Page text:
The Malaysian Politics

The extend to how brilliant the Malaysian government is, continues to surprise me.

I say, yes, there are the dirts and corruption going on, but how our government has managed to make everything turn into their advantage is brilliant. They must have hired a top public relations agent.

The recent rallies and protests that has been going on in Malaysia, by both BERSIH (a NGO) and the government might be a starting point to changes in our country. This year has been revolutionary around the world. Middle eastern countries fight against their government and gained solidarity. For Malaysia, this might be a start to something.

For those don’t know what’s going on in Malaysia currently, here’s some basic facts.

BERSIH (translated: clean) – is a NGO formed by lawyers to negotiate with the government to form a better election committee. It does not rally against the government.

However, when all this first started out, it was quite a mess. The government claimed that BERSIH was rallying against the government, and banned all street protests. This, according to the Constitution of Malaysia is illegal. But, in fact, BERSIH was calling for a better election committee, not rallying against the government. According to Article 10, Malaysian citizens have the right of free speech, and to rally.

Days later, the government went on a protest on the Penang bridge, causing a halt to traffic, and vandalizing the bridge. I called this outrageous. How could the government go against its own words? And this is where it becomes more… surprising.

One fine morning, I decided to read the Constitution of Malaysia, specifically Article 10 – Freedom of Speech.

In reading it, I discovered more things that I couldn’t comprehend.

  • Public Order (Preservation) Act 1958 – Minister may temporarily declare any area where public order is seriously disturbed or threatened to be a “proclaimed area” for a period of up to one month.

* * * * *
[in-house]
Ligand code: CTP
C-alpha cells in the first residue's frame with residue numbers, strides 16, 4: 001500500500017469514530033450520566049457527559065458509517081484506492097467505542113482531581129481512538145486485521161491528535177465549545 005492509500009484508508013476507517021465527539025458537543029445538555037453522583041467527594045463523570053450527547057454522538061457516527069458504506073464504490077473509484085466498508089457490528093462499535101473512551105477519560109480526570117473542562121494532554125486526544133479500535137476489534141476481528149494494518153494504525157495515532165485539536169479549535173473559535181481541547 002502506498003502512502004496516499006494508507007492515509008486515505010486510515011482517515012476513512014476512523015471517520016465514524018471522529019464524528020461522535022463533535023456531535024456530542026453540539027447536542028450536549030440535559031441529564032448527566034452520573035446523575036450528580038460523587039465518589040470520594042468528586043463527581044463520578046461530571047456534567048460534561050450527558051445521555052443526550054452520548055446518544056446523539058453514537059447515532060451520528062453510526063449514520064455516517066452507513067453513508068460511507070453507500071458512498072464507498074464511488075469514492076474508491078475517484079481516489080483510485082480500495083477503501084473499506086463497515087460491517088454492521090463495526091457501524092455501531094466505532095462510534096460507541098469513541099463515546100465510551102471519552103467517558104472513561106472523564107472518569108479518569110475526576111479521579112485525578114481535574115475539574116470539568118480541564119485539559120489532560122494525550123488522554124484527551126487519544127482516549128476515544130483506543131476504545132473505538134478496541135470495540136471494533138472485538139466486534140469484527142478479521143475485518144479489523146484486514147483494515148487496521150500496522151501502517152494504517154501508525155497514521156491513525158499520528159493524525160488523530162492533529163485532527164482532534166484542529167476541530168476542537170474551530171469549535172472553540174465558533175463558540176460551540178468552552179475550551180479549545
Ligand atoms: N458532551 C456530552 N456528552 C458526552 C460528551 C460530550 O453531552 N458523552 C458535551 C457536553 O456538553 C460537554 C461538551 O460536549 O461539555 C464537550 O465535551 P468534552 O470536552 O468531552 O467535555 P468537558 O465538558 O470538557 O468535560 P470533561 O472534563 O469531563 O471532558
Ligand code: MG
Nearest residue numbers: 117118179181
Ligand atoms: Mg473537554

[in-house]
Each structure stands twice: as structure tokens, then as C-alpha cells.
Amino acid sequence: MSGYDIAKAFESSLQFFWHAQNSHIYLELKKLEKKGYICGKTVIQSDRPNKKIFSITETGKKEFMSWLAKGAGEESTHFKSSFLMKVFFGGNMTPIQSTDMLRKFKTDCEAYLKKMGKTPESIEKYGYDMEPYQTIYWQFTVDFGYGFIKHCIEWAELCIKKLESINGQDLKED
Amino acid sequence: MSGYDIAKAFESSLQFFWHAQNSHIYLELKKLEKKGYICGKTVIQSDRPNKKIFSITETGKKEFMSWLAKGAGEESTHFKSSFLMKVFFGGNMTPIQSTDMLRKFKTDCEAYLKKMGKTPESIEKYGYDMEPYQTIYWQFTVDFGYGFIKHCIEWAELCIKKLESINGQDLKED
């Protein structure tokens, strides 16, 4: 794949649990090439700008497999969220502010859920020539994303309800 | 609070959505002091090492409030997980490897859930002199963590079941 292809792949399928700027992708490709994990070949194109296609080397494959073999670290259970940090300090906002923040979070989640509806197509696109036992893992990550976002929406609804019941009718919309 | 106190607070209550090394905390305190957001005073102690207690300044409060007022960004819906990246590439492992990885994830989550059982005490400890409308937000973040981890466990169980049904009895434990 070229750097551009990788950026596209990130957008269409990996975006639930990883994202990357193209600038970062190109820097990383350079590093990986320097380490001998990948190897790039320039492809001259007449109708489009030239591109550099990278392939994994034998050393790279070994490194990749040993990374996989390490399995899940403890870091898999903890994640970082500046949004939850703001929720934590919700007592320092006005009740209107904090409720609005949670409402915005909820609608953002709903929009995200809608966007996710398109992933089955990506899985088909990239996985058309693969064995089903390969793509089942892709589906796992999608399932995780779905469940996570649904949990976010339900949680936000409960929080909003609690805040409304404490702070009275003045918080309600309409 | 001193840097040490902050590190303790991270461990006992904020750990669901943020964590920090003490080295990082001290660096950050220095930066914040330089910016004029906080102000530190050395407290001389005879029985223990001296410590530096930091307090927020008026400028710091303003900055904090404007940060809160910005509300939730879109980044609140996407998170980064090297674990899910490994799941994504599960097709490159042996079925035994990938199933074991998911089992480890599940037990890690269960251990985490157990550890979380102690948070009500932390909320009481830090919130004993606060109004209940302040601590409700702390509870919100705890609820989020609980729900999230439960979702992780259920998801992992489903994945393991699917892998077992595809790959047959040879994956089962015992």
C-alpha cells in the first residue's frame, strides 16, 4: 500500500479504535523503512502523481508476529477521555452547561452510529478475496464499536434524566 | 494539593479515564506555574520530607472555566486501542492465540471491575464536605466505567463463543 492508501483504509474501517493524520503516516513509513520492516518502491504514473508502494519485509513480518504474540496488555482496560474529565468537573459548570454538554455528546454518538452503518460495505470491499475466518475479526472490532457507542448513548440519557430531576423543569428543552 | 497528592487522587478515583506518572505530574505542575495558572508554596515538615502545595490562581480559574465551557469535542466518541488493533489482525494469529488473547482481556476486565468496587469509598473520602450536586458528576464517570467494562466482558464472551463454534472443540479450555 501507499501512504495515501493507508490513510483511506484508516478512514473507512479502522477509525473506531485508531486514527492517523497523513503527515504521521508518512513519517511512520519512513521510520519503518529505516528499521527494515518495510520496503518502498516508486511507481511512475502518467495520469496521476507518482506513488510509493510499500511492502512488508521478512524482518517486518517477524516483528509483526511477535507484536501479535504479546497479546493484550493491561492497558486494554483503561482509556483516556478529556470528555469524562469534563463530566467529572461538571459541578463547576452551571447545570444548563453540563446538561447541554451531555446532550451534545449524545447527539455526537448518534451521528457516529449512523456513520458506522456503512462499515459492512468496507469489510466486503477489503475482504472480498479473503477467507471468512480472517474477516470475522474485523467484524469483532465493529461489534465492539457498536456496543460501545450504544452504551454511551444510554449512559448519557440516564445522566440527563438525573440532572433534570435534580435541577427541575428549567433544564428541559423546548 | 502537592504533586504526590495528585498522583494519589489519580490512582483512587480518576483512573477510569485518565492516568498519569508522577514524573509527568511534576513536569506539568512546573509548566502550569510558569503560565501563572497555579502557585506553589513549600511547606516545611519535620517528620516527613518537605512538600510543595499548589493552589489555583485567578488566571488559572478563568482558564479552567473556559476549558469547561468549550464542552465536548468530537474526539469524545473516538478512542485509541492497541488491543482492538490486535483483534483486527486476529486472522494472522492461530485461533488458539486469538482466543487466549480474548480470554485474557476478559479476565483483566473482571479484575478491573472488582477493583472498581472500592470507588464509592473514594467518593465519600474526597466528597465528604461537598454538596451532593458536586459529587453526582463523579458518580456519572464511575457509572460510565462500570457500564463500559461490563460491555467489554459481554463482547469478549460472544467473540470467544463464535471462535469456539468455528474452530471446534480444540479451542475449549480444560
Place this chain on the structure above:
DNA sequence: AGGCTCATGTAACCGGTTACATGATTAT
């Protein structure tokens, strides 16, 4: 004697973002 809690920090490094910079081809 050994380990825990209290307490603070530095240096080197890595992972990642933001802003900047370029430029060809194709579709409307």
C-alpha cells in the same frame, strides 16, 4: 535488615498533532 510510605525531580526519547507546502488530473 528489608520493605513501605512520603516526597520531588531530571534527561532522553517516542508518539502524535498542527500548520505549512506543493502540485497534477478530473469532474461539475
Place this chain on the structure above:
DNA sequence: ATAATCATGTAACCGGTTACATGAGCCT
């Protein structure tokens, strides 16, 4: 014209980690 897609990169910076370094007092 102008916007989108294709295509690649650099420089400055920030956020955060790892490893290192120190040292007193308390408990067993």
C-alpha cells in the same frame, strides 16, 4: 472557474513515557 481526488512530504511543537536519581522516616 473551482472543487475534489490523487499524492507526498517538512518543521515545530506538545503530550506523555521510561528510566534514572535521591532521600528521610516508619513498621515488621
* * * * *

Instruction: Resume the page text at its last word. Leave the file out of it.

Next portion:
According to this Act, it can be very biased to those who participates in peaceful rallies. Anything can turn into chaos within moments. And also, why wasn’t this act put in place when May 13, 1969 happened?

  • Police Act 1967 – criminalises the gathering of three or more people in a public space without license.

Again, this happened before the May 13, 1969, why wasn’t it put into use to stop what was going to happen then? Of course, I do not see how it would be applicable in today’s society. Therefore, why wasn’t any amendments made?

  • Printing Presses & Publications Act 1984 – Home Affairs Minister has “absolute discretion” in the granting and revoking of publishing permits.

And this, tightens our freedom of speech. Everything is too vague in all these acts, in fact, the whole Article 10. Nothing has been defined. The courts, the judges, the lawyers, can twist all words into their own advantage then. I do understand why this act came into place. It’s because of the multiracial background that we have.

After suggestions by UN activists, peaceful protests by Malaysians in other countries, the government, which initially banned the street rally by BERSIH that was scheduled to be on July 9, agreed to talk to BERSIH.

I hope something good comes out from this talk.

Malaysian Muslim community gathers to celebrate Eid ul-Fitr

Siti Sabtu-Schaper, ISU administrative specialist, greets Siti Noridah Ali, graduate in curriculum and instruction, during the Eid ul-Fitr celebration Saturday, Sept. 11 at SUV Community Center.

By Karuna Ang,

The month of Ramadhan ended Thursday, Sept. 9, and it marks the beginning for Eid ul-Fitr, which goes on for three days. Two days later, the Malaysian Muslim community gathered at the SUV Community Center to celebrate Eid ul-Fitr. People from Iowa City, Des Moines, Polk City and other different parts came to Ames for the celebration.

Nurhidayah Azmy dressed her daughter, Nur Fatimah Ahmad, in new clothes and new shoes Saturday morning. The Malaysian Muslims wore the traditional Malay outfits for the celebration. The traditional Malay outfits are usually colorful and have a lot of details in it. They are also usually worn during religious occasions.

Usually before meals, events or celebrations begin, it is a traditional thing for them to pray. Known as “doa” in Malay, they ask for blessings from God. All sorts of traditional Malay food like rendang ayam — a spiced dish using blue ginger, ginger, garlic, cili and lemon grass — were served. A lot of Malaysians enjoyed the taste of authentic Malaysian food.

It was also a time for people to catch up with each other. When they see each other, they greet each other with a hug or a light handshake.

Traditionally, men and women do not shake hands with each other. A Malay man greets another man with a light handshake using their right hand that’s more like a light clasp. They will then bring their hands toward the heart, meaning “I greet you from my heart.”

View gallery here.